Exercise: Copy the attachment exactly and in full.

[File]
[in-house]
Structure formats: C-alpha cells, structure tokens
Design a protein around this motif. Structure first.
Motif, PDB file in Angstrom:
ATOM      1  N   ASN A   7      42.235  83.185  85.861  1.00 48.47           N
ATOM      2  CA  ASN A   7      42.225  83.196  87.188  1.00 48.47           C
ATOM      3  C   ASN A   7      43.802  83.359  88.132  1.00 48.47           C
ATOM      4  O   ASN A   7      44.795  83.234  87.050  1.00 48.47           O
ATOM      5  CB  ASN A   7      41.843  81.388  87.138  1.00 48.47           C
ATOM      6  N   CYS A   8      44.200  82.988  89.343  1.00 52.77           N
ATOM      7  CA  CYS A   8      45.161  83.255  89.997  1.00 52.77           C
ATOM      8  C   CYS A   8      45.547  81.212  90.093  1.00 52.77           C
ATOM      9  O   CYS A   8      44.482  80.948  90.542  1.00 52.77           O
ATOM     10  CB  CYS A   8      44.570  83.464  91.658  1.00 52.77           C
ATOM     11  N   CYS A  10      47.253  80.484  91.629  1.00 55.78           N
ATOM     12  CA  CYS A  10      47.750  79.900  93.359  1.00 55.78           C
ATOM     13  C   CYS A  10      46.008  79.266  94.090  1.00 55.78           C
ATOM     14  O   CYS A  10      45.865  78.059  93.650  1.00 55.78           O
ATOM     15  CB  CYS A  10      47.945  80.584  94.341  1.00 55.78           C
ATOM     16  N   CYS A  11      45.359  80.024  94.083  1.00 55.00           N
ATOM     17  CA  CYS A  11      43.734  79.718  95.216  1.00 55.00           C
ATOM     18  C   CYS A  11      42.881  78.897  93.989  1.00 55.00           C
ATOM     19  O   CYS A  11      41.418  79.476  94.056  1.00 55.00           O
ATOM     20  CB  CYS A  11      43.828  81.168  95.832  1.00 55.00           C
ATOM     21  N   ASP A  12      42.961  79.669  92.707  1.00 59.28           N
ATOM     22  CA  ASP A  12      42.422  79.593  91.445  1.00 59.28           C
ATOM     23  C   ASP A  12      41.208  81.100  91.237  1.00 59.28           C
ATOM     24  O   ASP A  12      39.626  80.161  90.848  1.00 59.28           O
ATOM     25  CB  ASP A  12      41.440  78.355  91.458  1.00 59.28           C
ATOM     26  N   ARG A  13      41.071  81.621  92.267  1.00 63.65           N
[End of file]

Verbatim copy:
[in-house]
Structure formats: C-alpha cells, structure tokens
Design a protein around this motif. Structure first.
Motif, PDB file in Angstrom:
ATOM      1  N   ASN A   7      42.235  83.185  85.861  1.00 48.47           N
ATOM      2  CA  ASN A   7      42.225  83.196  87.188  1.00 48.47           C
ATOM      3  C   ASN A   7      43.802  83.359  88.132  1.00 48.47           C
ATOM      4  O   ASN A   7      44.795  83.234  87.050  1.00 48.47           O
ATOM      5  CB  ASN A   7      41.843  81.388  87.138  1.00 48.47           C
ATOM      6  N   CYS A   8      44.200  82.988  89.343  1.00 52.77           N
ATOM      7  CA  CYS A   8      45.161  83.255  89.997  1.00 52.77           C
ATOM      8  C   CYS A   8      45.547  81.212  90.093  1.00 52.77           C
ATOM      9  O   CYS A   8      44.482  80.948  90.542  1.00 52.77           O
ATOM     10  CB  CYS A   8      44.570  83.464  91.658  1.00 52.77           C
ATOM     11  N   CYS A  10      47.253  80.484  91.629  1.00 55.78           N
ATOM     12  CA  CYS A  10      47.750  79.900  93.359  1.00 55.78           C
ATOM     13  C   CYS A  10      46.008  79.266  94.090  1.00 55.78           C
ATOM     14  O   CYS A  10      45.865  78.059  93.650  1.00 55.78           O
ATOM     15  CB  CYS A  10      47.945  80.584  94.341  1.00 55.78           C
ATOM     16  N   CYS A  11      45.359  80.024  94.083  1.00 55.00           N
ATOM     17  CA  CYS A  11      43.734  79.718  95.216  1.00 55.00           C
ATOM     18  C   CYS A  11      42.881  78.897  93.989  1.00 55.00           C
ATOM     19  O   CYS A  11      41.418  79.476  94.056  1.00 55.00           O
ATOM     20  CB  CYS A  11      43.828  81.168  95.832  1.00 55.00           C
ATOM     21  N   ASP A  12      42.961  79.669  92.707  1.00 59.28           N
ATOM     22  CA  ASP A  12      42.422  79.593  91.445  1.00 59.28           C
ATOM     23  C   ASP A  12      41.208  81.100  91.237  1.00 59.28           C
ATOM     24  O   ASP A  12      39.626  80.161  90.848  1.00 59.28           O
ATOM     25  CB  ASP A  12      41.440  78.355  91.458  1.00 59.28           C
ATOM     26  N   ARG A  13      41.071  81.621  92.267  1.00 63.65           N